“The curious case of the scientist in cinema: how Indiana Jones turns out to be the bad guy!”
Professor Peter Hiscock
Tom Austen Brown Professor of Australian Archaeology
University of Sydney
Date: Wednesday June 1
Venue: Union Universities & Schools Club, 25 Bent St, Sydney
Uplifting music and the seemingly inevitable triumph of an archaeologist’s matinee character has led the public to think of archaeologists as heroes of the silver screen. Indiana Jones was voted the second most popular hero in cinema, and every passing year sees a series of (often B-grade) movies in which the archaeologist is the protagonist saving the day. Underneath those exciting images there is a grim truth: archaeologists are actually the bad guys of modern cinema! They are often depicted as morally ambiguous individuals seeking personal gain; they are rogue adventurers – like cowboys in a rangewar or pirates competing over spoils.
But most importantly archaeologists are portrayed as transgressive individuals who cross the boundary of socially appropriate behaviour to interfere with dangerous and still potent realms. In that way archaeologists inherit the mantle of the mad science. This inheritance is not merely a resemblance, it reflects the history of film-making in Hollywood. Peter Hiscock delved into the history of cinema and provided a close up on the stories we are watching.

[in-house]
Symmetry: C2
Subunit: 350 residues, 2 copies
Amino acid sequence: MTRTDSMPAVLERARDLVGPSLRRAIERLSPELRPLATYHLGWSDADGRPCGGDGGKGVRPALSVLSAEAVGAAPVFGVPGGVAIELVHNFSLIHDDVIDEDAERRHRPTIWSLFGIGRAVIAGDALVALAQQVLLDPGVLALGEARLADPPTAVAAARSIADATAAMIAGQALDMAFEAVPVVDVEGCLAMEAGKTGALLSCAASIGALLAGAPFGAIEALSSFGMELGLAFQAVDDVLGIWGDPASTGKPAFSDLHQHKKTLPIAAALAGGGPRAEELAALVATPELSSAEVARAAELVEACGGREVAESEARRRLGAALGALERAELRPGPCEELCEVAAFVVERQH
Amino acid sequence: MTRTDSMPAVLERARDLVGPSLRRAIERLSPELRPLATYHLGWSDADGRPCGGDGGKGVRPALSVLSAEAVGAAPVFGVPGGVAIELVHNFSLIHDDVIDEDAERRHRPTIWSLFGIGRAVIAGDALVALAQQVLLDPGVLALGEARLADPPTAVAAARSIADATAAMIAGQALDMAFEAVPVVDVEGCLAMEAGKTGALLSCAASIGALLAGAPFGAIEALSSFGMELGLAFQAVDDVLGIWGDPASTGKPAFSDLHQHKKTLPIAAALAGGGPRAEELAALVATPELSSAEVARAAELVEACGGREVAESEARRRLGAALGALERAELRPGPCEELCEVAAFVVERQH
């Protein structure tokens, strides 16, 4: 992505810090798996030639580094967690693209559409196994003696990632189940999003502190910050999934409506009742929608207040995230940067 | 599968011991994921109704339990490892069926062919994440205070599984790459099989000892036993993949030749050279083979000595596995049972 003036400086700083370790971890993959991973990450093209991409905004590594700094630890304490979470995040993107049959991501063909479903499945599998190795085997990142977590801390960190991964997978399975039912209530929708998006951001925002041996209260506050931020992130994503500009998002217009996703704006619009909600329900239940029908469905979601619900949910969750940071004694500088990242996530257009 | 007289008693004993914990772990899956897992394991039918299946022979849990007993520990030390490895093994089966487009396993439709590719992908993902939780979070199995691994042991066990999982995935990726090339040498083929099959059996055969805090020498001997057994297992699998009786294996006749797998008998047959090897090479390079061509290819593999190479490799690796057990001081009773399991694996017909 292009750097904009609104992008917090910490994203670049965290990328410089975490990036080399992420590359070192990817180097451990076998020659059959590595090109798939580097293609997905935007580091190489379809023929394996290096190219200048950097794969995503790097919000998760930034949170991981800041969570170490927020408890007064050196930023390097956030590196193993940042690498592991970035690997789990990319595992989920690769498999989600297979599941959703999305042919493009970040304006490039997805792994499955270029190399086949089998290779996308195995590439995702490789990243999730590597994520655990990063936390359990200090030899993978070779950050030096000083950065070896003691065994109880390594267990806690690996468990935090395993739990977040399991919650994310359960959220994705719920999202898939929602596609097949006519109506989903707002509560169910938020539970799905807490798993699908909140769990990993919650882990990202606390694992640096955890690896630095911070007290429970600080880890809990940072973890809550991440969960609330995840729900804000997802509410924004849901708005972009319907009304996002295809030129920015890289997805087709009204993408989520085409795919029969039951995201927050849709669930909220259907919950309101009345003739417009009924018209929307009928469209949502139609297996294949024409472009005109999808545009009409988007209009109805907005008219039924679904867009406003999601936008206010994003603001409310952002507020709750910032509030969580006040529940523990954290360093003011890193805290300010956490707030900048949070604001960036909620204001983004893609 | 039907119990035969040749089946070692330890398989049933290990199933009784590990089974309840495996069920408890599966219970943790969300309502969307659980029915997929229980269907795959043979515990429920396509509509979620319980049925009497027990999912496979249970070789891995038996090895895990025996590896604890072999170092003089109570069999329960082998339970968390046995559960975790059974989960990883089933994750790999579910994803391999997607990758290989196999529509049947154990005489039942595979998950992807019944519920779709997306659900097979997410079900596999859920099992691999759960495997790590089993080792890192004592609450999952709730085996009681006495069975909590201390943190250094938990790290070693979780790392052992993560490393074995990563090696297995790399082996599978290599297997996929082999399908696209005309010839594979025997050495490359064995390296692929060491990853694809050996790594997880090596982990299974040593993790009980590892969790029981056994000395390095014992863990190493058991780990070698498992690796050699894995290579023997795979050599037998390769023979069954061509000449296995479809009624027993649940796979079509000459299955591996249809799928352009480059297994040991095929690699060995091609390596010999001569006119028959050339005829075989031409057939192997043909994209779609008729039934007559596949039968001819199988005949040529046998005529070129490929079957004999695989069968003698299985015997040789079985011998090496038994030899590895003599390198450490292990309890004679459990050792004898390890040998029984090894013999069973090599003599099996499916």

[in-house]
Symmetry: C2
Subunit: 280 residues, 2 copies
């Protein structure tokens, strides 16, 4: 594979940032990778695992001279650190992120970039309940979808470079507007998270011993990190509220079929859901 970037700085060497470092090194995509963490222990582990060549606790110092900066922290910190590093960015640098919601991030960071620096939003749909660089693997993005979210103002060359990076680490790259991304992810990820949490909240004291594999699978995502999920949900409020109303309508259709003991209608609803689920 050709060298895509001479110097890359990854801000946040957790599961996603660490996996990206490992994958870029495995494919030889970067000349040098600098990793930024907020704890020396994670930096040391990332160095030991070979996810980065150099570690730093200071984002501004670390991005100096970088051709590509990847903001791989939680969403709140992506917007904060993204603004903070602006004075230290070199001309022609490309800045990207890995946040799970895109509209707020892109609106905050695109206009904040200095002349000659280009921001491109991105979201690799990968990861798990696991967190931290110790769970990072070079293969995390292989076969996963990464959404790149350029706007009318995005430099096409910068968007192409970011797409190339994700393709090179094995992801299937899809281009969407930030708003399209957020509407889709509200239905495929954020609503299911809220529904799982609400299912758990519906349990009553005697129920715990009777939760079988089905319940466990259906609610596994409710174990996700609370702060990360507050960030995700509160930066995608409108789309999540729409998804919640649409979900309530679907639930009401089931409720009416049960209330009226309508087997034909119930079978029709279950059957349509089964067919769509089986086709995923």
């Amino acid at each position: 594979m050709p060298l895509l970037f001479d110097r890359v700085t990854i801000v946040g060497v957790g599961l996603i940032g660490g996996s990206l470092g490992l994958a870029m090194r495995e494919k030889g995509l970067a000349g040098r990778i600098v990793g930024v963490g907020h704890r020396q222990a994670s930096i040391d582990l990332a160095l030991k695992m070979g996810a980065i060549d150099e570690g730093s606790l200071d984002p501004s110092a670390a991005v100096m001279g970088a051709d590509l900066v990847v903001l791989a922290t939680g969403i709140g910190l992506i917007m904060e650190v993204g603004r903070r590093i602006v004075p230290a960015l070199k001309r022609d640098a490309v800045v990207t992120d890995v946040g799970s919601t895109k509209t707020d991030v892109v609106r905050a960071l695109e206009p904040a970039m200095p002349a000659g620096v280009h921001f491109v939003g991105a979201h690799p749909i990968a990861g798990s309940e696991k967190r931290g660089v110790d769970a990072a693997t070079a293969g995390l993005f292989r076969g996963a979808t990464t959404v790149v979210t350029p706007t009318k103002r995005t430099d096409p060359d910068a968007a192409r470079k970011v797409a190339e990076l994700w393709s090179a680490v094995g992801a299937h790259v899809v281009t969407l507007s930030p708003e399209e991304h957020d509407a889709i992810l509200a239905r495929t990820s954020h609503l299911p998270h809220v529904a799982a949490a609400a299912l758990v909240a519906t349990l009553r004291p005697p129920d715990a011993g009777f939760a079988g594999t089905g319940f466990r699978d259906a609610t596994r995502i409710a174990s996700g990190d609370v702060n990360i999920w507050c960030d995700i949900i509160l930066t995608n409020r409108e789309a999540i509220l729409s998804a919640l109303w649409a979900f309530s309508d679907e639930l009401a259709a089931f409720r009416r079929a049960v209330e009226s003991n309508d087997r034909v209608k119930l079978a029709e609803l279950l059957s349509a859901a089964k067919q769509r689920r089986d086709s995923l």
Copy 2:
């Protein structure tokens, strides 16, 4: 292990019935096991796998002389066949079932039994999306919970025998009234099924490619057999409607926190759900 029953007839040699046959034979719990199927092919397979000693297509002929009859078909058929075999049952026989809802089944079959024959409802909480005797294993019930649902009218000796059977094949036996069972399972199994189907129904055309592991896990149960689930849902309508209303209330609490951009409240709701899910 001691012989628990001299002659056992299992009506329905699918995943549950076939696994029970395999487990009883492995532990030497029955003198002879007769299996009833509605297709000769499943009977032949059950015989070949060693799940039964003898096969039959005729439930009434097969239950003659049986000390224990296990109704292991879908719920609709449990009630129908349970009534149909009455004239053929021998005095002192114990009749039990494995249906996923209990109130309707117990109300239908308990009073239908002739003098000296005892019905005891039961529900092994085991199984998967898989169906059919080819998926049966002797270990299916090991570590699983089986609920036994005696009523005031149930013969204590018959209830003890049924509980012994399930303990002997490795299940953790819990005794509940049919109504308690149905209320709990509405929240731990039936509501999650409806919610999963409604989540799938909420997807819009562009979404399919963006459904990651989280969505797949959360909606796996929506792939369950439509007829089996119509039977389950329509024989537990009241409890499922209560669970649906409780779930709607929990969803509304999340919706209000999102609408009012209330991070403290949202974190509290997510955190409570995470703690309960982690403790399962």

Peter Hiscock is Tom Austen Brown Professor of Australian Archaeology at the University of Sydney. He is a film addict and has lectured on archaeology in cinema across three continents. Curiously, major movie companies have attempted to stop his lectures! His most famous publication on film, which appeared in a journal specializing in the history of religion (Numen), explained why Hollywood had been taken over by cult archaeologists. His lectures are both controversial and entertaining.